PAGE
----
7 of 7 people found the following review helpful
A new look at my garden,
This review is from: A Plague of Rats and Rubbervines: The Growing Threat Of Species Invasions (A Shearwater Book) (Hardcover)
Every now and then I take a look at my garden - does my passion vine do well?, are my ferns lush and green?, and so on. After reading this book, I'm still looking at my garden, but in a different way. Is that vine a potential invader? That knotweed overthere, is it causing trouble somewhere else where it invades the natural area? Are there potential killer weeds in my garden??
Baskin's book changed my view, not a minor achievement. The reason is simple: A Plague of Rats and Rubbervines is an excellent read, informative and well written! It's about biological invasions in a broad sense, from crop pests and foreign diseases to ecological catastrophs caused by alien wildlife. Writing about such a topic has the danger of monotony, and endless lament on past and lost paradise. But Baskin skillfully knows to circumvent such a negative approach. Although the first chapters sketch a grim picture of the havoc caused by alien invasions, the book than continues by describing what current measures must turn the tide. Quarantain at borders and airports are an essential ingredient of fighting invasions. Though often a nuisance to naive passengers, these measures are much more understandable to me now I've read this book. There are also some succes stories about invasions that have been combatted and nearly or completely defeated.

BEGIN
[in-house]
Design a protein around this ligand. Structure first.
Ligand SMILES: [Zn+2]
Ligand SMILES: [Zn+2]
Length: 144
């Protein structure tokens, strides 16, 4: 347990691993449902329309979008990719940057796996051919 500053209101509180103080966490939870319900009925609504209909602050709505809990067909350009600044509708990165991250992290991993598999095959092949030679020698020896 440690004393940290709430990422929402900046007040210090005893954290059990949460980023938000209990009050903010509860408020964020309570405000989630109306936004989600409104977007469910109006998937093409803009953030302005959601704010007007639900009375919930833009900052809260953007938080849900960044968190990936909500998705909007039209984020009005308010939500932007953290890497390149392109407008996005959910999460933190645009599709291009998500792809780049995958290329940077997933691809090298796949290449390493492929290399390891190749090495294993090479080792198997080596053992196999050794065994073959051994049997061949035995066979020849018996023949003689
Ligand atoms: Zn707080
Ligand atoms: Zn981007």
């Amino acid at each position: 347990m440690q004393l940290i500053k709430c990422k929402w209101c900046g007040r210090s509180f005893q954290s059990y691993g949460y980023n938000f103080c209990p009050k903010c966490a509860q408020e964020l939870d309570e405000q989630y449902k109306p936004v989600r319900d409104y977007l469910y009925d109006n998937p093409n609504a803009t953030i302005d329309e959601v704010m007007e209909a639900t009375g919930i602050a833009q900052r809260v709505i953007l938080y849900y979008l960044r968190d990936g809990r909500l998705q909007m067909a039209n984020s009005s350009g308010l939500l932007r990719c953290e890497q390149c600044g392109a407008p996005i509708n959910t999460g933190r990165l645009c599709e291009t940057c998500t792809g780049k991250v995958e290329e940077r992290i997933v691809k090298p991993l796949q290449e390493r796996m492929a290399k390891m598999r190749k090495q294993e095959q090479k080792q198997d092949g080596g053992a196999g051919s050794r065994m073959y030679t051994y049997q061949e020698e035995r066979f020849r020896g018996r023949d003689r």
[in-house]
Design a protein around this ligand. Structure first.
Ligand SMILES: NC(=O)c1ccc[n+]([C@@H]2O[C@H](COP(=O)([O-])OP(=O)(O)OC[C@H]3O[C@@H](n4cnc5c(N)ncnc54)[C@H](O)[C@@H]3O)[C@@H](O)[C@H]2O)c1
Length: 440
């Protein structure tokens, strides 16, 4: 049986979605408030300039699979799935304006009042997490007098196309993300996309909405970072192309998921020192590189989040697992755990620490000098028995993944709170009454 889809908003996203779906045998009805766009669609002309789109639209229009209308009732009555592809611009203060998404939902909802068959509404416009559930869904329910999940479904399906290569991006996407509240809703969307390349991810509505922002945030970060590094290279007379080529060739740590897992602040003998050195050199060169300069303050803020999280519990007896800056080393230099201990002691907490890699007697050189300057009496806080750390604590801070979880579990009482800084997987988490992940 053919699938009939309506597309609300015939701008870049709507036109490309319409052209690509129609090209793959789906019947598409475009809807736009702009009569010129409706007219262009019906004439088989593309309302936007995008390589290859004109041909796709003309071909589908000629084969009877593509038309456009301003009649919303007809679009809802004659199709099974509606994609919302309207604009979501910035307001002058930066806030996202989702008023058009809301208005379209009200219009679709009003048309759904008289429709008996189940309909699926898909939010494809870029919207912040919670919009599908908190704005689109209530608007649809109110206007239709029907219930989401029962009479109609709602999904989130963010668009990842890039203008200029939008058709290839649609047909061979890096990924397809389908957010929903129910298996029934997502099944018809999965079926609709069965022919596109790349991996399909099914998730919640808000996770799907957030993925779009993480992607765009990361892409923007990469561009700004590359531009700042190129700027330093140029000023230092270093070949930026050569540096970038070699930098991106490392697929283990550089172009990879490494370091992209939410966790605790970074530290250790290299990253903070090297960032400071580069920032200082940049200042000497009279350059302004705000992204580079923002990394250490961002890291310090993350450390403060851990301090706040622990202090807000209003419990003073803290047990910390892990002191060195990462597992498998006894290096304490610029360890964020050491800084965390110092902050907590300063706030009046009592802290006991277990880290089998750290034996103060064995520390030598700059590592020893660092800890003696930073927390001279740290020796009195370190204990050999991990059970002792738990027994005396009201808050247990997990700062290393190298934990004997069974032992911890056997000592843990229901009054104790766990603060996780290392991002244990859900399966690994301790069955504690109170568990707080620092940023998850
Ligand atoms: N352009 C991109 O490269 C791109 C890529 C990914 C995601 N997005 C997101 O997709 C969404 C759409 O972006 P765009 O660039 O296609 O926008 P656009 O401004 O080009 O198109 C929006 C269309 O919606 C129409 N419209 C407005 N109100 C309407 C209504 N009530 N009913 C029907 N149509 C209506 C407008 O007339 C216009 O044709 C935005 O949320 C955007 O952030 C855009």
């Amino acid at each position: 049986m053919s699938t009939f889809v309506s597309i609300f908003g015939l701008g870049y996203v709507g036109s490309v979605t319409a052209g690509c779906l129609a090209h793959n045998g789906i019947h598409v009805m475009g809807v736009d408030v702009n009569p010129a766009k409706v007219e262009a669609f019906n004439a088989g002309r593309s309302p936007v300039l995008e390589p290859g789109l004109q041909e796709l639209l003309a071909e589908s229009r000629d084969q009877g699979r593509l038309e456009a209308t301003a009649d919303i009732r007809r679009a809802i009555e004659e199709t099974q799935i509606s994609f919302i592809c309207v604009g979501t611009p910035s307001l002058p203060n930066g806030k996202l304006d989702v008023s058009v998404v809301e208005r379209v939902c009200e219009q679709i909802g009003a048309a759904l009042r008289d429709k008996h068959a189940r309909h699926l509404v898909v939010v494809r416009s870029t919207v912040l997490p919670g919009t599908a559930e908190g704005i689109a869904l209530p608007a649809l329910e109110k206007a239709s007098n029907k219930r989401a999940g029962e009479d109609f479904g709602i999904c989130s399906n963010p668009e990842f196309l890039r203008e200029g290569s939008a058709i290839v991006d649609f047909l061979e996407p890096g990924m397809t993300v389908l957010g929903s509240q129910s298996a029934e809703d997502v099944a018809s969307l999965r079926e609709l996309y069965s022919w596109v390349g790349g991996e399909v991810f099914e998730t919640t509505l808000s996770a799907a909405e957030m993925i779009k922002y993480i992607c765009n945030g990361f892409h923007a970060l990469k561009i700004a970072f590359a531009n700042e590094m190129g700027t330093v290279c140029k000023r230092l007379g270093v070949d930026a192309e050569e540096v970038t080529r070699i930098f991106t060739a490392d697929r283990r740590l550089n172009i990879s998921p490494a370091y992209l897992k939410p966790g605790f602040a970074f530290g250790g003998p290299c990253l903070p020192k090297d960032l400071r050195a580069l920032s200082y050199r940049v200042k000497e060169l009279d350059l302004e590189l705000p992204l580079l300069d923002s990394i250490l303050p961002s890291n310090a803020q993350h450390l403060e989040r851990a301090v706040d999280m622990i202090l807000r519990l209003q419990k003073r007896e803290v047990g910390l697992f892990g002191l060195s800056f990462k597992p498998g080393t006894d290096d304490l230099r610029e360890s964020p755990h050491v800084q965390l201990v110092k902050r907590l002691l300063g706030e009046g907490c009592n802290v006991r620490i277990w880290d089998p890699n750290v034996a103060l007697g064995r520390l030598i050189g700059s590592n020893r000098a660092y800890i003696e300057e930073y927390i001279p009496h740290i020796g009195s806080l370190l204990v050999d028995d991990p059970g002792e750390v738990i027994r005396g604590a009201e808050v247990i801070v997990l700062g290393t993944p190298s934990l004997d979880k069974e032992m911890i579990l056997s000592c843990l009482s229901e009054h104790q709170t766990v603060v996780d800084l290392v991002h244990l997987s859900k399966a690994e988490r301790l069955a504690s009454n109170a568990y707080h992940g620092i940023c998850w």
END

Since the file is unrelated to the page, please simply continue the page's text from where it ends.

Rats and Rubbervines does not give an exhaustive overview of all invasions - there are simply to many to do this. But more importantly, such an approach would be of little interest. Instead, Baskin offers the reader insight in the underlying causes of invasions, and the economic aspects involved. After reading Rats and Rubbervines, you have a reasonably balanced overview of this important topic.
There is one minor drawback: readers not familiar with common names of the plants and animals involved would love to see a line drawing or picture of the organisms, but apart from a small number of photographs illustrations are lacking. An idea for a second edition? The book certainly deserves that!